Moving forwards, consistency was key. We had to make sure that we followed similar patterns both at home, and at nursery and her grandparents. We spoke to both of them about what we had been doing at home, and even took the reward chart along with her, so that the routine was the same and the message was further reinforced. She would have more accidents at nursery than at home, but I think part of this was due to her being distracted by everything going on!
We did experience some “Never mind” moments – Erin had a few inevitable accidents, but I didn’t tell her off, and tried to say never mind and explain to her that she should use the potty next time, or tell mummy that she needs the toilet. This seems to sink in and didn’t make her feel embarrassed for having not got there in time.
The biggest challenge we had was partly due to my confidence – Losing the pull ups – when it came to it I just had to be brave! This was actually the transition moment for us. The pull ups actually gave Erin a bit of a false sense of security, so despite the fact she would use the potty regularly throughout the day, there would always be the odd little wee that crept out into her pullups – I guess because of their similarity to a nappy. Once we lost the pullups all together, she started doing all her wees on the potty, and didn’t really look back!
We made Erin feel really proud of her achievements – saying things like “clever” and “big girl”. She was very proud of herself and soon transitioned naturally to the big toilet. After a few weeks of being dry she would ask for the big toilet rather than the potty. We have been using the Pourty toilet seat and step, meaning Erin can get herself on and off the toilet and doesn’t risk falling down it or needing to be held by me! 🙂 As a mum to be that was a real bonus!
The biggest frustration for me of the whole process was being preapared to run in those first few weeks out and about – you can guarantee as soon as you sit down for dinner in a restaurant you will get “Mummy I neeed the toilet” – or you sit down at Disney on Ice having already moved an entire row once to “Mummy I need the toilet” – only for her to not go when you get there! Its frustrating, but better that than dirty pants! 🙂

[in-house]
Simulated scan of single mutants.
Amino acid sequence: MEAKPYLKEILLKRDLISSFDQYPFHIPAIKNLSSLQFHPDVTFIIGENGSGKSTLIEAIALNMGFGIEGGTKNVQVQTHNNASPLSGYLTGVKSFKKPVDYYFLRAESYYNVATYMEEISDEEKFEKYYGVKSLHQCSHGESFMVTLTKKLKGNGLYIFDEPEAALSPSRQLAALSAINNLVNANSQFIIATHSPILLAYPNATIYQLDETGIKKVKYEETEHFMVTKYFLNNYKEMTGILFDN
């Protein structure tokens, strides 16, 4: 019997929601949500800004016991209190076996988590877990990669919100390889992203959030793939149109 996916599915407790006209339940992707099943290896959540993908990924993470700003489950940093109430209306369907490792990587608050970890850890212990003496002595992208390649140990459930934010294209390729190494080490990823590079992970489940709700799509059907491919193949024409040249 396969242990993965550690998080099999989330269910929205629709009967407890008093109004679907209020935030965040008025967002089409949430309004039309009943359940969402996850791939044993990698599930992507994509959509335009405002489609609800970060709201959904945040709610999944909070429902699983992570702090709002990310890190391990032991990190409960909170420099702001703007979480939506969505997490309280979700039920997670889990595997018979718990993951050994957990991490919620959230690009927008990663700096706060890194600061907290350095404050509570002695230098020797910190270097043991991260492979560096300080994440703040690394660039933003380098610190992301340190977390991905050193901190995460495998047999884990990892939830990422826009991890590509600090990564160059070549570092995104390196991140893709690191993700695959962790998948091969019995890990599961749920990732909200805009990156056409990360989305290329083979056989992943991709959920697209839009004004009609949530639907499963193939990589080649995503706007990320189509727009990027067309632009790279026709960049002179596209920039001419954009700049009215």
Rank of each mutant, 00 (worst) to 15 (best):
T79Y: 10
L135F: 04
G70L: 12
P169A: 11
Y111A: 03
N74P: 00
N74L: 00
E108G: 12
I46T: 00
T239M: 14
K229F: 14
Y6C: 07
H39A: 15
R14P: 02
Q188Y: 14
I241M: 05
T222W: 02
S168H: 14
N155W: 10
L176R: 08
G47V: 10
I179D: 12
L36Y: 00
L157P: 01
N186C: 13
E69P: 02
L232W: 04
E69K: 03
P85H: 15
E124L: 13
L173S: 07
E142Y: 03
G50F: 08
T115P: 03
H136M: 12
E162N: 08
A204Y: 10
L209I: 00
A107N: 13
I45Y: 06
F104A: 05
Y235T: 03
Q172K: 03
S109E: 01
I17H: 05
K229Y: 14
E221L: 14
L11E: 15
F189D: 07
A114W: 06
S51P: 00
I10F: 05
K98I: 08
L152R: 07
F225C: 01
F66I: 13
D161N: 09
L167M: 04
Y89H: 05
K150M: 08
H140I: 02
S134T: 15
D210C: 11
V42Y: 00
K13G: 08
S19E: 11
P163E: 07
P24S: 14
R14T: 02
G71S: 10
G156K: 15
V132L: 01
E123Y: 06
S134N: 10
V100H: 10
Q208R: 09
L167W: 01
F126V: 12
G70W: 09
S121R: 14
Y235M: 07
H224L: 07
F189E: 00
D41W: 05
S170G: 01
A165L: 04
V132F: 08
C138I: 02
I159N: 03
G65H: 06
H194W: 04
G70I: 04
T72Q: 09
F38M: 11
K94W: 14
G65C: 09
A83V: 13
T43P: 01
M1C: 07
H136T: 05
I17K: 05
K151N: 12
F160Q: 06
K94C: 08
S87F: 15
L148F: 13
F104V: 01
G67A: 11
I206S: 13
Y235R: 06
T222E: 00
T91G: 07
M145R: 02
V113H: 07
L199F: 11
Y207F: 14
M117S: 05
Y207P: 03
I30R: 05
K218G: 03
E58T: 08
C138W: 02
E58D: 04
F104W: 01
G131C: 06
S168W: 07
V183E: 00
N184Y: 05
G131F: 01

Erin as well would sometimes use it as a bit of a ploy at bedtime – often as a buying time tactic so she could stay awake a bit later! It was hard to know whether she genuinely needed it or whether she was messing around, but at first I had no choice but to assume she was being genuine! As the time went on, it became more obvious when she was just using it as an attempt to get me back in her bedroom!
In the last few weeks, we have lost the pull ups at night and she now sleeps in just her pants and pyjamas. Considering everything that has been going on in our house recently (with a new baby and Mummy being away in hospital), I think this is a massive achievement. We left the pull ups on at night for quite a while, but found that 99% of the time they were 100% dry when she woke, so I think this was done more for our reassurance than hers!!
The whole experience was not as traumatic as I expected, and I think starting it without thinking about it too much in advance actually really helped! We started slowly without too much pressure on any of us, and it just worked. I am a strong believer in the saying that it will happen when they are ready.
My biggest concern now is that Erin will digress slightly now that her baby sister has arrived, as I have been told this is very common. I need to reinforce the message that we are proud of Erin for going on the big toilet, and that baby only wees in her nappy as she doesn’t understand how to do anything different. Wish me luck!
What other tips would you give mums and dads starting off their children’s potty training journey?? x